Lati­nos not em­brac­ing the GOP

Sur­vey shows them back­ing Democrats Brown and Boxer by wide mar­gins over Whitman and Fio­r­ina.

Los Angeles Times - - Front Page - Cath­leen Decker

Latino vot­ers, who have helped to pro­pel Cal­i­for­nia’s left­ward po­lit­i­cal swing over re­cent years, re­main re­luc­tant to em­brace Repub­li­can can­di­dates as the Novem­ber gen­eral elec­tion nears, a new Los An­ge­les Times/USC poll shows.

Reg­is­tered vot­ers who iden­ti­fied them­selves as Latino backed Demo­crat Jerry Brown by a 19-point mar­gin over Repub­li­can Meg Whitman in the race for gover­nor, de­spite Whitman’s mul­ti­ple ap­peals to Latino vot­ers dur­ing the gen­eral elec­tion cam­paign. Reg­is­tered vot­ers who iden­ti­fied them­selves as white gave Brown a slim 2-point mar­gin.

In the race for U.S. Se­nate, in­cum­bent Demo­crat Bar­bara Boxer held a 38point lead over Repub­li­can Carly Fio­r­ina among reg­is­tered Latino vot­ers, five times the lead she held among white vot­ers.

Latino views are keenly watched by po­lit­i­cal can­di­dates and cam­paigns be­cause of the state’s de­mo­graphic march. A 2009 study by the Field Poll found that white vot­ers had de­clined from 83% to 65% of the elec­torate in the pre­vi­ous three decades. At the same time, the per­cent­age of Latino vot­ers had al­most tripled, to 21%.

To al­low a more pre­cise look at this key voter group, the new poll, spon­sored by The Times and the USC Col­lege of Letters, Arts, and Sci­ences, sup­ple­mented its sam­ple of reg­is­tered Cal­i­for­nia vot­ers by in­ter­view­ing 400 Latino reg­is­tered vot­ers in ei­ther English or Span­ish. To avoid chang­ing the over­all re­sults, their num­bers were ad­justed in the poll to match ex­pected voter turnout.

In both the races for gover­nor and for U.S. Se­nate, the can­di­date stand­ings for Latino vot­ers deemed likely to cast bal­lots in Novem­ber were sim­i­lar to those seen among all reg­is­tered Latino vot­ers, but the mar­gin of er­ror for likely vot­ers was larger be­cause of the smaller sam­ple size.

Lati­nos were also prop­ping up Pres­i­dent Obama’s stand­ing in the state. Among white vot­ers, 52% ap­proved how Obama was han­dling his job; among La-

tino vot­ers, 64% ap­proved.

Not even the most op­ti­mistic Repub­li­can odd­s­maker has pre­sumed that the GOP can­di­dates could win the Latino vote out­right, but the party has long sought to at least boost its stand­ing among Lati­nos enough to nar­row the tra­di­tional Demo­cratic edge among other groups, such as women and non­par­ti­san vot­ers. This year, Whitman has fought Brown to a near-draw for much of the cam­paign, but that has been due to her gains among non­par­ti­san vot­ers and women, not Lati­nos.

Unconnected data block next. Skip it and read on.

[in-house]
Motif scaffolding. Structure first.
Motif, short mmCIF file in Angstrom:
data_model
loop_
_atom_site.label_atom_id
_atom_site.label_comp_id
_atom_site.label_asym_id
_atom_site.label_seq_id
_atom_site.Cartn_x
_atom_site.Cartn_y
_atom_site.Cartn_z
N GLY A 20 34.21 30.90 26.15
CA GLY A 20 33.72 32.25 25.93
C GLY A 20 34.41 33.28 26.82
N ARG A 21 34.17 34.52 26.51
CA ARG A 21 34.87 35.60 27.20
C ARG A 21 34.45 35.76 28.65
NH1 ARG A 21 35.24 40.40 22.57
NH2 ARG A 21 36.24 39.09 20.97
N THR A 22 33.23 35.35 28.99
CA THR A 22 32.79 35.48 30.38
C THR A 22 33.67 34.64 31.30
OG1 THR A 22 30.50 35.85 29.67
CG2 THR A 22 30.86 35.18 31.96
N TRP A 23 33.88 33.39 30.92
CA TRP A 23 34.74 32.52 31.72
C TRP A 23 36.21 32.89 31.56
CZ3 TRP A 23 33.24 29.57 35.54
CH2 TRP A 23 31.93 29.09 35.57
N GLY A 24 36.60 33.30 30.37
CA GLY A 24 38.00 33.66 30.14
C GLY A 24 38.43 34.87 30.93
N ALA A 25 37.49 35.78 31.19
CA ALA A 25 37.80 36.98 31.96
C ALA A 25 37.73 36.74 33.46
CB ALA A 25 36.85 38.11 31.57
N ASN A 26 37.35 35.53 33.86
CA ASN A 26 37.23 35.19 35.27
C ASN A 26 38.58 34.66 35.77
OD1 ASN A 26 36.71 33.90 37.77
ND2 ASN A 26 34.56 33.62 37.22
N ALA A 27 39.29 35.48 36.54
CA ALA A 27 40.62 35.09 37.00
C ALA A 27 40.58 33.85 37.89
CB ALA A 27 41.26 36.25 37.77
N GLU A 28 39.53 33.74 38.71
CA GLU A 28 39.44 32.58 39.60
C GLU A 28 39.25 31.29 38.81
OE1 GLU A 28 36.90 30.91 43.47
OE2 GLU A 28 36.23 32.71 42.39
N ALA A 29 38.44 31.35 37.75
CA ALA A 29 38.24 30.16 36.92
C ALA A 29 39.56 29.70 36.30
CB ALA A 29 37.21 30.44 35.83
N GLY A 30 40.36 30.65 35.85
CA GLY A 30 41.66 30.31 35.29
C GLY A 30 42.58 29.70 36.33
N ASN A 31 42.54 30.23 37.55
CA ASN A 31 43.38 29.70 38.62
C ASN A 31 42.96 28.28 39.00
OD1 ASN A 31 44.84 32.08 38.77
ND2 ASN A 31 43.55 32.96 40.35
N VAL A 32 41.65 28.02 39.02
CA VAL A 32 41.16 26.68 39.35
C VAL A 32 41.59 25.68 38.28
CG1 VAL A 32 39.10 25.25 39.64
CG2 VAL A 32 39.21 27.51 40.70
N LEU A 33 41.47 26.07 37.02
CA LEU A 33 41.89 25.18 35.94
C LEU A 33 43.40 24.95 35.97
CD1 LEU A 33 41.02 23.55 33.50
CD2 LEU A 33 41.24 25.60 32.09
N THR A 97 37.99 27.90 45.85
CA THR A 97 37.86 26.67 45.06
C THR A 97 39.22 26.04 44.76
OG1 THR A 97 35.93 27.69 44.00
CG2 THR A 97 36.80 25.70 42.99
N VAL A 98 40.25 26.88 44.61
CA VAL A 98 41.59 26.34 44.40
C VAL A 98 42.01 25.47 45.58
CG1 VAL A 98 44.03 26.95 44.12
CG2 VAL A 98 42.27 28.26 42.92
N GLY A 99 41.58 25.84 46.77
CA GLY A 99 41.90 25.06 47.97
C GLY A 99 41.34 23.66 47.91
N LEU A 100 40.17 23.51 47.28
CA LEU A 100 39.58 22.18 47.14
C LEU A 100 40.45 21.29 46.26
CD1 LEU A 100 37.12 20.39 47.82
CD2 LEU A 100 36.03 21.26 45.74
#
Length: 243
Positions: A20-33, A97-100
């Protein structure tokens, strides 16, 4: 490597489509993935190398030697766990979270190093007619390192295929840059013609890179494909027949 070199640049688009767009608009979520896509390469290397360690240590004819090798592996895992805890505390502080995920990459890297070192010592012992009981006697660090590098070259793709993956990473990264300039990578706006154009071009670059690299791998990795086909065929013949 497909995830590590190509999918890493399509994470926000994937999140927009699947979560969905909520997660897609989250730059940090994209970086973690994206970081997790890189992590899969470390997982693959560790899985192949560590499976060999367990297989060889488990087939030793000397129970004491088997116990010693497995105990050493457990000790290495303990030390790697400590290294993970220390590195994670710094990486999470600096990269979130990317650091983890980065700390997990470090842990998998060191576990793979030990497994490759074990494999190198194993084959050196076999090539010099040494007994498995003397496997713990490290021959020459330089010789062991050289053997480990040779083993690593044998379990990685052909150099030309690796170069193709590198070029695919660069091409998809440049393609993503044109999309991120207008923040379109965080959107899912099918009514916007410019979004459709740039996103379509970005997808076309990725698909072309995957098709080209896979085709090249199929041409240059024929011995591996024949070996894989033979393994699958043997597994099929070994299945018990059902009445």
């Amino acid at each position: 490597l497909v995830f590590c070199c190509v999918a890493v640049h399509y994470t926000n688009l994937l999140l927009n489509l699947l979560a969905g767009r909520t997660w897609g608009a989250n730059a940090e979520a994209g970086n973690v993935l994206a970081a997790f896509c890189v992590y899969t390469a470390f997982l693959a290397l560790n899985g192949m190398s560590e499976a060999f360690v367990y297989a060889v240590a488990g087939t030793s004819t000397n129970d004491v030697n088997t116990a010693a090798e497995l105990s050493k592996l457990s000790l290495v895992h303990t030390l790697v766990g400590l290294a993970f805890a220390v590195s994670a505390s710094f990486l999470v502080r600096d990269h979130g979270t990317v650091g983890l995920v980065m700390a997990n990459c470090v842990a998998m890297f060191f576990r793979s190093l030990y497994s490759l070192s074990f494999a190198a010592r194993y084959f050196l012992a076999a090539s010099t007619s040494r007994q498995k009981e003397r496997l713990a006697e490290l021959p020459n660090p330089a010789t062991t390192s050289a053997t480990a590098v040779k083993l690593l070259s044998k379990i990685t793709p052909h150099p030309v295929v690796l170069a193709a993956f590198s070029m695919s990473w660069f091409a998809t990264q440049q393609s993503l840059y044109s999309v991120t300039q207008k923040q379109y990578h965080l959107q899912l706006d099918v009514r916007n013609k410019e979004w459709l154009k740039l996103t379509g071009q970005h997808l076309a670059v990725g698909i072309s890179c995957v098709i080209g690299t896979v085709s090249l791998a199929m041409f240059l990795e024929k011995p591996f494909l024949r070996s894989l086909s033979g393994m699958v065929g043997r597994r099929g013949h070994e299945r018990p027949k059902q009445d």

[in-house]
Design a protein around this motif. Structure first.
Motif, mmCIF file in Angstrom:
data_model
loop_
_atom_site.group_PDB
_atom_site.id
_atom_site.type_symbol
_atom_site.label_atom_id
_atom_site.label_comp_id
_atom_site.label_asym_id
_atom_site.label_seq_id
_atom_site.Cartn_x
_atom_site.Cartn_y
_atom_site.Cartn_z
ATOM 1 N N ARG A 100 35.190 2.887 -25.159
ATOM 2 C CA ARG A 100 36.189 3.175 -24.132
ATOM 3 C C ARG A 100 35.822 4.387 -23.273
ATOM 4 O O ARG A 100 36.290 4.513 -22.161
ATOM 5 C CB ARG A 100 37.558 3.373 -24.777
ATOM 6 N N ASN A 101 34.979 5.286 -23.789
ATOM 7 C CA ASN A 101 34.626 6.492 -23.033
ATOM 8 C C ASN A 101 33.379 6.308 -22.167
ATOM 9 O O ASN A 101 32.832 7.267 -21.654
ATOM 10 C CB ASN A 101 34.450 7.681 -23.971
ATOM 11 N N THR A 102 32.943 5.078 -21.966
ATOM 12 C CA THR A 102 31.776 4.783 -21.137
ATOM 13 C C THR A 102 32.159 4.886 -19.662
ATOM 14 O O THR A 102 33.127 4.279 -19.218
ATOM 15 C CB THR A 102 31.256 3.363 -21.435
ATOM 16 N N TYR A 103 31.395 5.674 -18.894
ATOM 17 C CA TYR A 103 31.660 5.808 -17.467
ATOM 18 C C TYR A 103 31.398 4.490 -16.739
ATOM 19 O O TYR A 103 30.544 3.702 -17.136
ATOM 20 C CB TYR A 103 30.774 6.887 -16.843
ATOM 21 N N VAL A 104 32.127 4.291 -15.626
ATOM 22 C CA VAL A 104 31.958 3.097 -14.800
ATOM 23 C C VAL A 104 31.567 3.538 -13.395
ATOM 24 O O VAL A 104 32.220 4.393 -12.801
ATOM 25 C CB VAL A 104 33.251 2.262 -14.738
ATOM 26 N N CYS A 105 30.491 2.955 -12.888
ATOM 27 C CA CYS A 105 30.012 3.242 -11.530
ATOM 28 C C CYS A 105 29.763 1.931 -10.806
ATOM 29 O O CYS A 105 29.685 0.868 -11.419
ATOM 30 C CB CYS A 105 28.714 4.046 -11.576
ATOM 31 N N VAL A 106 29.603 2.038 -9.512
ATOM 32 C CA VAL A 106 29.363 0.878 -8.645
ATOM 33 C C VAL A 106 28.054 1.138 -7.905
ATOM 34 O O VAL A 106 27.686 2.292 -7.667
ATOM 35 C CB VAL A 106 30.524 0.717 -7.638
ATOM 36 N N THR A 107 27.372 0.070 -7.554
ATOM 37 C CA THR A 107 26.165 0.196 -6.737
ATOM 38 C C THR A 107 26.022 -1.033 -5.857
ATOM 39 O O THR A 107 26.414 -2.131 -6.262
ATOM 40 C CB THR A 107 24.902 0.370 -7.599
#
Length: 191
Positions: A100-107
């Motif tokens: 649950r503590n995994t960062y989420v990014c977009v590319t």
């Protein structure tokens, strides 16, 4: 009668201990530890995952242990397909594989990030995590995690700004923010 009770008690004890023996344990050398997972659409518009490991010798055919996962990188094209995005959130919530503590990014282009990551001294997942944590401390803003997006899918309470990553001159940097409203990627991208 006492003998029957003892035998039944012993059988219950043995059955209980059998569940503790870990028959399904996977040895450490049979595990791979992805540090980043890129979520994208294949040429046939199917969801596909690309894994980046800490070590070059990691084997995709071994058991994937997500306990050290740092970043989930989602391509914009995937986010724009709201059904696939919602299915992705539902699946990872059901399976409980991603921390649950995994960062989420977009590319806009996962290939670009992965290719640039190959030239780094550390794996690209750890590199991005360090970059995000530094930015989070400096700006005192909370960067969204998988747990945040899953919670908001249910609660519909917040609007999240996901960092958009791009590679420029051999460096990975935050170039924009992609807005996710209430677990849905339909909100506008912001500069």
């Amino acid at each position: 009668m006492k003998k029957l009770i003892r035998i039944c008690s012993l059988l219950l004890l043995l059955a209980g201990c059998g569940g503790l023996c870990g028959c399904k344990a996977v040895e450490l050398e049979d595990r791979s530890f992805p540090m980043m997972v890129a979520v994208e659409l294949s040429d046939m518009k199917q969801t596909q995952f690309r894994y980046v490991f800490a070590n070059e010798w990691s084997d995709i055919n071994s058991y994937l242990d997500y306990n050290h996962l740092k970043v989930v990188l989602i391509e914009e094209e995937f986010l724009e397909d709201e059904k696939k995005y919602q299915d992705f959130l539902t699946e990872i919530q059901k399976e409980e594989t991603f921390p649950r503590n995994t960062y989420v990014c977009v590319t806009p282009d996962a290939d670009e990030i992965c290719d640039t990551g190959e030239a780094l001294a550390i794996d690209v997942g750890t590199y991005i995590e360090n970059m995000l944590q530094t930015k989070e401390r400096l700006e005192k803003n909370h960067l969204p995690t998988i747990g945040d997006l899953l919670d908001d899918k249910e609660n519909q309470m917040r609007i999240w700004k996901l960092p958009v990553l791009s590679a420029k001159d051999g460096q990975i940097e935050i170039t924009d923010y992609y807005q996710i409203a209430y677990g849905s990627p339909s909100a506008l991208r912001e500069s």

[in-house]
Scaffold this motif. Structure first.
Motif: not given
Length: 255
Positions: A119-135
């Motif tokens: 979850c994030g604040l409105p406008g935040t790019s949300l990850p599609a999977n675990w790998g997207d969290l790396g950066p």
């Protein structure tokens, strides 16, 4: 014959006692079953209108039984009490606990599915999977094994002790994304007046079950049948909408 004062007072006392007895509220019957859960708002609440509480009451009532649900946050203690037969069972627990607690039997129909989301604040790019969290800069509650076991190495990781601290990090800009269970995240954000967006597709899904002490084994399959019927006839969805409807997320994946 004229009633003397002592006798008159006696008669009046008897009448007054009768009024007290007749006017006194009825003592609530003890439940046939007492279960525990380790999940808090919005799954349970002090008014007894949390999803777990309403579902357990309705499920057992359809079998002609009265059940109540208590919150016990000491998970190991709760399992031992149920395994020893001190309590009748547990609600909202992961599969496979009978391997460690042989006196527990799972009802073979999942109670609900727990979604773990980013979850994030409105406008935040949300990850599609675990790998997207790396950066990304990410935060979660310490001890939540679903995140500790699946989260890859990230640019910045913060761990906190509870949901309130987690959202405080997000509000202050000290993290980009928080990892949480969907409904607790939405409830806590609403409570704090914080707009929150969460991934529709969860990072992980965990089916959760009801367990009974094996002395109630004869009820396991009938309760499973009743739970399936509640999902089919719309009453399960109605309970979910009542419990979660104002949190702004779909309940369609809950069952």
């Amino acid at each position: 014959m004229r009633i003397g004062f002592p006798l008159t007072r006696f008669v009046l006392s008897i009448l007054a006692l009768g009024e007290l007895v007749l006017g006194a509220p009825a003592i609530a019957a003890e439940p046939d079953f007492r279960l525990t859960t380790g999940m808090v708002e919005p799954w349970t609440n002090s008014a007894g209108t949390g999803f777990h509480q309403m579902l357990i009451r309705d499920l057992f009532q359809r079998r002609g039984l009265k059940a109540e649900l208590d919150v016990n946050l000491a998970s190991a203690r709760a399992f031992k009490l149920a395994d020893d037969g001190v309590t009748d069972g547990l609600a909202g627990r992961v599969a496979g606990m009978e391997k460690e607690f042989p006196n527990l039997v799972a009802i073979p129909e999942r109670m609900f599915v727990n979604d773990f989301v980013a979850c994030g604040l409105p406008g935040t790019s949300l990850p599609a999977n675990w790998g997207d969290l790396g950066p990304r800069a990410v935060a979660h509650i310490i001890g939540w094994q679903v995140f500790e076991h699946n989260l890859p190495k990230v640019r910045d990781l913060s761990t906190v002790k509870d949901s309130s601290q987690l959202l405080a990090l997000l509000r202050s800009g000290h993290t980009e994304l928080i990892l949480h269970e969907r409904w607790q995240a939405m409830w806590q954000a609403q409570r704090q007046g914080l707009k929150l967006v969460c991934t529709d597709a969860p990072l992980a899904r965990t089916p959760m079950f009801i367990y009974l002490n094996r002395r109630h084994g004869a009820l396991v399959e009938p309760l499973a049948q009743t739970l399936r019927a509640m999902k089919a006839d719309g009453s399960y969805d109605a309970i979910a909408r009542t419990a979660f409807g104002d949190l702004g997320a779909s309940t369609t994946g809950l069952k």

Whitman has reached for Latino sup­port in myr­iad ways. She be­gan air­ing ads on Span­ish-lan­guage tele­vi­sion sta­tions af­ter her June pri­mary vic­tory, high­light­ing her op­po­si­tion to Ari­zona’s new im­mi­gra­tion law. She also noted her op­po­si­tion to the par­tic­u­lars of the 1994 Cal­i­for­nia mea­sure, Propo­si­tion 187, which would have de­nied tax­payer-fi­nanced ser­vices to il­le­gal im­mi­grants. She erected bill­boards in Latino com­mu­ni­ties, opened a cam­paign of­fice in East Los An­ge­les and spoke to Span­ish-lan­guage me­dia out­lets.

But she re­mains the fa­vorite of only one-third of reg­is­tered Latino vot­ers, the sur­vey found.

Vinka Val­divia of Es­con­dido, a Latina who is a reg­is­tered non­par­ti­san voter, said she fa­vored Brown be­cause he knew the work­ings of govern­ment and would watch out “for the mid­dle class.”

“She is a cor­po­rate per­son who has run very big cor­po­ra­tions, but she, for me, is not the right per­son to care about the mid­dle class,” Val­divia said.

The sur­vey in­di­cated that Repub­li­cans like Whitman and Fio­r­ina have an open­ing to rally Latino vot­ers be­cause of the back­grounds they bring to their races — Whitman as the for­mer head of EBay and Fio­r­ina as the for­mer chief ex­ec­u­tive of Hewlett-Packard.

When vot­ers were asked whether they pre­ferred a gover­nor with ex­pe­ri­ence in govern­ment or one who has “real-life ex­pe­ri­ence in busi­ness,” white vot­ers sided nar­rowly with the govern­ment vet­eran. Lati­nos, how­ever, gave a 12-point ad­van­tage to the busi­ness world out­sider. When vot­ers were asked whether they were more concerned that Whitman would side with big cor­po­ra­tions or that Brown would bow to la­bor unions, white vot­ers cited Whitman and cor­po­ra­tions by 8 points. Lati­nos were less wor­ried, ex­press­ing the same con­cern by a mere 3 points, and they were no more concerned than whites with the per­sonal money Whitman has spent on her cam­paign.